Uprising: How are you currently making history?

Kris: “I am making history with each intentional step I take! I am making history through leading one of the most impactful organizations in the country, Thursday Network of the national Urban League. While serving as the community service programs chair, I started a food pantry that has consistently fed over 10 families each month since its inception in August 2017. In addition to activism, I am an educator. I make history everyday in my classroom, teaching students that their voice, energy, and actions mean more than anything in this world. I teach my students that they are world changers regardless of their age and that their possibles are endless.”

Uprising: Why Thursday Network? How did you first hear about the organization and what is your current role in Thursday Network?

Kris: “As one who has lived a life of service, it was only right for me to join the Urban League movement! When I moved to DC in 2011, I was looking for a place to serve and I was introduced to Thursday Network. I attended their MLK Blanket and Toiletries Drive during MLK Day and was immediately invested! During this event, volunteers from all over the Greater Washington area joined forces to assemble care packages for those experiencing homelessness. It was beautiful and I joined the movement that week! I am currently the President of Thursday Network. I serve with over 200 young professionals, lead by 13 strong and devoted committee chairs and officers- that create the most innovative programming dedicated to community empowerment, civic engagement, youth development, economic freedom, and enhancing the health of our communities.”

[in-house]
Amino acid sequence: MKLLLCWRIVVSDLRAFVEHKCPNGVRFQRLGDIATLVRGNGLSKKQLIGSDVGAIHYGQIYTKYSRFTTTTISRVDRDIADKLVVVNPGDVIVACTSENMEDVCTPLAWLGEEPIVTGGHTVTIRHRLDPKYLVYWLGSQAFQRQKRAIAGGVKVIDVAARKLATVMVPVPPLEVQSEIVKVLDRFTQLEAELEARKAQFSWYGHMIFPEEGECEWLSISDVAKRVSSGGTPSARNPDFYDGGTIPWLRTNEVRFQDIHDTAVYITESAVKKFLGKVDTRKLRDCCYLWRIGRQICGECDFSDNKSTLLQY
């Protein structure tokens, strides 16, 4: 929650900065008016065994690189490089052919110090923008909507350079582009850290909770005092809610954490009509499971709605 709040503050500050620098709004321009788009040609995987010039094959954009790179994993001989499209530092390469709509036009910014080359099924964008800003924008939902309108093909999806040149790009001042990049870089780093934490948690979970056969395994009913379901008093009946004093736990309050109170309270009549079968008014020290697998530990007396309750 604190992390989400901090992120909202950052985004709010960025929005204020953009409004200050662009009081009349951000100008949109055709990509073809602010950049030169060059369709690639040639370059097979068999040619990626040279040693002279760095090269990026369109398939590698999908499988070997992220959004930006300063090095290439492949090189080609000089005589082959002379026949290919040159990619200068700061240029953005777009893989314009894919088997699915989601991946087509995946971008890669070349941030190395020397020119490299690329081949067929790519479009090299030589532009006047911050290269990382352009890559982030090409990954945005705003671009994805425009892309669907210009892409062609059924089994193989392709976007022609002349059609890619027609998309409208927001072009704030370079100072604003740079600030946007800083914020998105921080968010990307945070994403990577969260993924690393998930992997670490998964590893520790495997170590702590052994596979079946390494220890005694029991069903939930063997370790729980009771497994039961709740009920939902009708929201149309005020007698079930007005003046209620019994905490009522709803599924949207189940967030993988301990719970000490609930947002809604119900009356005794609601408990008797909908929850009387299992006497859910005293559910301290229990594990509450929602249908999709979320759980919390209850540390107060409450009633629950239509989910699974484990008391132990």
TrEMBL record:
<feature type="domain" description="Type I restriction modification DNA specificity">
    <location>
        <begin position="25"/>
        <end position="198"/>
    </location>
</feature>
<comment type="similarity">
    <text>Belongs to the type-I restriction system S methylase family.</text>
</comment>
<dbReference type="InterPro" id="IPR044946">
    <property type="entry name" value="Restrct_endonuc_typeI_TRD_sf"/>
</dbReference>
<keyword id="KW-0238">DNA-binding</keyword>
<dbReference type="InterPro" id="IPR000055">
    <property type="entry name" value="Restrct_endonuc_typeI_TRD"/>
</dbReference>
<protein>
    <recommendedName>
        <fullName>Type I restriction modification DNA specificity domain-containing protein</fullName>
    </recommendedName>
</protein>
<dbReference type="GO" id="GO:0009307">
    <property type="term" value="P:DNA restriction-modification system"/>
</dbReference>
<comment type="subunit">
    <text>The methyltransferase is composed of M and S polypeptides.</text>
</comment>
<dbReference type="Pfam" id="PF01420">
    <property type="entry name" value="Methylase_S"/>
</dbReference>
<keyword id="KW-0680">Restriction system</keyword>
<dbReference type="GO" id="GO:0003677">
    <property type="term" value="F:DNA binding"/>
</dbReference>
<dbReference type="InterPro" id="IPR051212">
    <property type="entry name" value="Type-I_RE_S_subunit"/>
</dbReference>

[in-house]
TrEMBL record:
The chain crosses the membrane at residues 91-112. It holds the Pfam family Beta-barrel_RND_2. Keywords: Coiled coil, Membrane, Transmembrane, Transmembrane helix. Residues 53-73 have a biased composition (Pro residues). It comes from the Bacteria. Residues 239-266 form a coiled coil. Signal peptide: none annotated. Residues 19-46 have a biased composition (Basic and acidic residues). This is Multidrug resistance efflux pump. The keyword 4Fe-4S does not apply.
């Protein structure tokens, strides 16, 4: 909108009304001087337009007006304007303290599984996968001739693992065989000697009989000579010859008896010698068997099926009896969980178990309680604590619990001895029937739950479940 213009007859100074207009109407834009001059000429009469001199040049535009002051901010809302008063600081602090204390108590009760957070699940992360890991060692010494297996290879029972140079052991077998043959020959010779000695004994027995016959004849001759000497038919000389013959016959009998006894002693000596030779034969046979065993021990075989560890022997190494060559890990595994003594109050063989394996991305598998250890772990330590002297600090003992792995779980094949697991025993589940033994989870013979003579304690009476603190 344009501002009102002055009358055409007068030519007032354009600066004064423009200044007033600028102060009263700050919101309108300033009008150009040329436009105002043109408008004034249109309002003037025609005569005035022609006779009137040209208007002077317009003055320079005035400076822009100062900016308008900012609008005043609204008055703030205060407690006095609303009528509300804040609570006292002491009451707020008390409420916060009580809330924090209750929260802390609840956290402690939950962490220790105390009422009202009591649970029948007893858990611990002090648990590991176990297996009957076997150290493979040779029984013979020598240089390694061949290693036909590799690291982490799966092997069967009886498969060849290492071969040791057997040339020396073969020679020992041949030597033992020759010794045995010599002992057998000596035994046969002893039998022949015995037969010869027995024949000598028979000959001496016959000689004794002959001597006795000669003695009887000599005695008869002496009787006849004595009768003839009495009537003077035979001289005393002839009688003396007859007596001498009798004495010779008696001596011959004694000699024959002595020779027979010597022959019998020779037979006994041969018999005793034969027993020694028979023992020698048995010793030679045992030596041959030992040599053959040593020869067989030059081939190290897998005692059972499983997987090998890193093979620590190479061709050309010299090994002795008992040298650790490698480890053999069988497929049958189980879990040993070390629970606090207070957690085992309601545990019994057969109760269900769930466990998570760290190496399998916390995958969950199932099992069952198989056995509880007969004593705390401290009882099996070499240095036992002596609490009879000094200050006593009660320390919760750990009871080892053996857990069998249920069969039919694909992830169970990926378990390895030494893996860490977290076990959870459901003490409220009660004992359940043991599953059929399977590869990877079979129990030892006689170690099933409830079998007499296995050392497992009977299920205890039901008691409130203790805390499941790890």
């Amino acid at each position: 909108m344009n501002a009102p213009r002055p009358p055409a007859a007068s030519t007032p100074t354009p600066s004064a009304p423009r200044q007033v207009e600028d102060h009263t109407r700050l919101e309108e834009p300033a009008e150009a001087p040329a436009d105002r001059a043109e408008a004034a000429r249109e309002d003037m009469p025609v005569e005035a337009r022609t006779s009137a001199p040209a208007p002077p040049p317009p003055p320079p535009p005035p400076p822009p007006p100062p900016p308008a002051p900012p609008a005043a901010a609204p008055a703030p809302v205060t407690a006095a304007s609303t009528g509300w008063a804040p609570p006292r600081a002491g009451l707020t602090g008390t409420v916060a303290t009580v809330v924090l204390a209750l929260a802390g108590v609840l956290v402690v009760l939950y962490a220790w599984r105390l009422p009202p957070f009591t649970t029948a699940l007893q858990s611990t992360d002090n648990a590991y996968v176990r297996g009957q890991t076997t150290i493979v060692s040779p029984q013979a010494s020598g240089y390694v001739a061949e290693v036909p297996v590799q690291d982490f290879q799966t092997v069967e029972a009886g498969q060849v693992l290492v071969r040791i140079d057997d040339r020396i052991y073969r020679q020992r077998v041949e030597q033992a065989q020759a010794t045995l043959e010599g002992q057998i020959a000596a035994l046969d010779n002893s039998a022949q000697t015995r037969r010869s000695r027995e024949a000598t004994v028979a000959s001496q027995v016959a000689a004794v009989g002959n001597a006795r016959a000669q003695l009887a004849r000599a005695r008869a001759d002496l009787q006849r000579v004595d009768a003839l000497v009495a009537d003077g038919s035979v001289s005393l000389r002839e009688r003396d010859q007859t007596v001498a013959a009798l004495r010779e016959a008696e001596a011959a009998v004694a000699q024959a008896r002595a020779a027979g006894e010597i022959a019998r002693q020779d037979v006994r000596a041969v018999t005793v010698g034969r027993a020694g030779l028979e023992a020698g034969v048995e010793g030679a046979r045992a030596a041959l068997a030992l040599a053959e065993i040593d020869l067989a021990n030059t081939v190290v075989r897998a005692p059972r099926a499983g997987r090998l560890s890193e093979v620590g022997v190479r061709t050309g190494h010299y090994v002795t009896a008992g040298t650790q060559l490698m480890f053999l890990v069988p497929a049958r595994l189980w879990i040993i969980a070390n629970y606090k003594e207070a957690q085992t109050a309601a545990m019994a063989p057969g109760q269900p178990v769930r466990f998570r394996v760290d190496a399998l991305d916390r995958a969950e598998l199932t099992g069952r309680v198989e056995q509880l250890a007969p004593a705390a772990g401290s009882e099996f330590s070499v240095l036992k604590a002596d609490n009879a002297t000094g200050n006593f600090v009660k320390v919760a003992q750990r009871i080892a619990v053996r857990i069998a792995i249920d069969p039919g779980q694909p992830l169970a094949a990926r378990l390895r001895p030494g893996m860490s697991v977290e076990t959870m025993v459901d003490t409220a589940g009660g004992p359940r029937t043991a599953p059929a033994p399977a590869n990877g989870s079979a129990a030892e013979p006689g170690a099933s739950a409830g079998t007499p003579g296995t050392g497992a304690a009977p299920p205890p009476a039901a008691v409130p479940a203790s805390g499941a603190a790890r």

Uprising: For the next generation, what advice would you give them?

Kris: “I would tell the next generation to live and move unapologetically with a vision to change the world, be everlasting, be contagious, and conquer. I would tell them to always remember that they are Kings and Queens and that no voice is more powerful than their own and the only way to make a change is to act!”

Thank you Kristin for talking with us and allowing us in her home. You can support her and Thursday Network @shyshowbob_  @thursdaynetwork

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To listen to the full interview, click here.

Continue to support us on social media @wgcuprising to stay engaged by commenting on our blogs and IG posts.

Look out for our blogs every 2nd & 4th Saturday of the month.

 

Kwanzaa 2018

K. Love | December 2018 | Uprising

Kwanzaa is an African-American and Pan-African cultural holiday that is centered around seven principles, called Nguzo Saba (in Swahili). Kwanzaa is celebrated December 26th – January 1st.

Each day, we should greet one another with, “Habari Gani?”

Our response is- The principle for the day, “Umoja or Unity”

Although Kwanzaa is celebrated at the end of the year, we can live out the 7 principles all year long. How will you celebrate Kwanzaa with your family moving forward?

 

 

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The Kinara is the candle holder. The 7 candles represent the 7 principles. Black- The People. Red- The Struggle and Green-The future & hope that comes from the struggle.  

Each day, you light the candle (along with the previous day) to represent which day is being celebrated for the day.

For example, day 2 (Principle 2) is Kujichagulia. During the day’s ceremony, one would light a red candle and the black candle to show that we’re celebrating principle 2. Every day, light the day being celebrated and the previous days.